Tracker Module file made by using samples!
files no larger than 4,096 bytes
- See Also
One of the variants of the S3XMODIT format, which enforces a maximum module size limit (commonly referred to as "Limited k" or "mod*k"). It earns a BotBr points of the chipist class instead of the mixist class, as achieved in the S3XMODIT format (more info on the different classes here).
See the 'See Also' paragraph for the other mod*k variants and formats closely related to them.
This mod*k S3XMODIT variant enforces a maximum module size of 4kB (4.096 bytes). Any module submitted larger than this size, as well as the use of FM instruments in Scream Tracker 3 modules, will be regarded as disqualified / cheating.
Currently (checked at 13 Oct 2019) the most challenging module category BotB has to offer.
When aiming for a tiny module, it will often be less than 4KB, but ever so slightly greater than 2KB after having the utter crap beat out of it. Without turning your piece into a smouldering pile of crap, 2KB is the lower bound. This also seems to apply to demo coding.
You have to be very careful on how you manage the space you're able to use!
The accepted module files are the same as in the normal S3XMODIT category:
— *.s3m (Scream Tracker 3)
— *.xm (Fast Tracker II)
— *.mod (Amiga ProTracker)
— *.it (Impulse Tracker)
Generally speaking, all tools / editors that allow for play back of one of the specific formats will do. The original tracker software should also be the most accurate.
However it is known that Milky Tracker
's *.it playback is not
accurate, as it's not fully compatible with the *.it file format (it does not correctly emulate NNAs, instruments, channel commands, and many more aspects of the format and instead tries to convert the *.it to an *.xm).
Software which use the modern and very accurate 'libopenmpt' library should suffice as well.
Two recommended tools for playback are:
— OpenModPlugTracker (OpenMPT)
— Schism Tracker
Tools & Tips
You can use the original tracker tool of a given format to write tracks for, though all of these are written for the MS-DOS platform and require the user to use either a real computer that runs MS-DOS or use a virtual machine (e.g. DOS-BOX) that can emulate a computer running MS-DOS.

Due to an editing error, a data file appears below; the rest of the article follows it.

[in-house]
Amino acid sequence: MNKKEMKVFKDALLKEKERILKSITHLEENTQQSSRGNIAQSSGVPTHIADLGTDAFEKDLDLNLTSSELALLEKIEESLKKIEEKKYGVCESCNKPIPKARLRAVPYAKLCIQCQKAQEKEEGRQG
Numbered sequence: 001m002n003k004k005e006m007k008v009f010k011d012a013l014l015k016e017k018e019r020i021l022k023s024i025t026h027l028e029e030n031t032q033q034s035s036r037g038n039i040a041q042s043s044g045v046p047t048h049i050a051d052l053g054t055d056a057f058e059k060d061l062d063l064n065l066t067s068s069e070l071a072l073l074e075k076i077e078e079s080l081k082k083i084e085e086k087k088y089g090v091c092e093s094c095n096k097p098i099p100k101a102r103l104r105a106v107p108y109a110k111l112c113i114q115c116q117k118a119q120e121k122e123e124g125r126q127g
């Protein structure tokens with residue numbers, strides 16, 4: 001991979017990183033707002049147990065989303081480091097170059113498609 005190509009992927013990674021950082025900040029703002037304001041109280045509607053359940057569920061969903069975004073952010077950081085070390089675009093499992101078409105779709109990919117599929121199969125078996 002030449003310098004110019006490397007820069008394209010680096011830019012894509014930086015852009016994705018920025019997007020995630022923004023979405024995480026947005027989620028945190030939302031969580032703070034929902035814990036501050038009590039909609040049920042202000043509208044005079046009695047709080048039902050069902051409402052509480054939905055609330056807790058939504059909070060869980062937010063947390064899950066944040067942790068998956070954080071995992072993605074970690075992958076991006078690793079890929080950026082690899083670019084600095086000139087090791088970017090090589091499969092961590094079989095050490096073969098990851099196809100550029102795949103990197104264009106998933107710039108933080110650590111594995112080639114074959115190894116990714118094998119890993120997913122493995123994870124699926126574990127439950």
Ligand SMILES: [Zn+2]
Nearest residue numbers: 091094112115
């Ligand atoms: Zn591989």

Fortunately, there are plenty of modern re-implementations / clones of software that use these formats, that allow the user to work within a modern operating system and doesn't require the user the hassle around with virtual disks / directories to import/export samples, modules, etc.
The most used software for this appears to be OpenModPlugTracker (OpenMPT)
at this moment.
• Module Optimizing
Since sample data and pattern / sequence data can take up a lot of space, it's important to use small, mono, 8-bit sample data and not use high speeds for pattern data.
There's the concept of reuse of pattern data so that as little as possible sequence data is duplicated. When working in *.it, you can use the Mxx command to disable/enable channels. This is wonderfully demonstrated in the mod16k song 'Gunjo'
by BotBr Maak
You can also use BoobieSqueezer
(for .*xm) or Munch.py
(for *.it) to further optimize module data, though these tools can cause some corruptions in very rare situations.
When working in the *.xm or *.it file formats within OpenMPT, you should always export using the 'Compatibility Export' feature, as it often shaves off a 1-3 kilobyte(s) and assumes better compatibility with the original trackers.
Not using instruments or combining instruments in *.it modules also saves space.
Listed below are the other mod*k S3XMODIT format variants:
Listed below are other related formats:
— S3XMODIT (*.s3m, *.xm, *.mod, *.it)
— Amigamod (*.mod)
— ModPlugTracker Module (*.mptm)
— IT Module Optimisation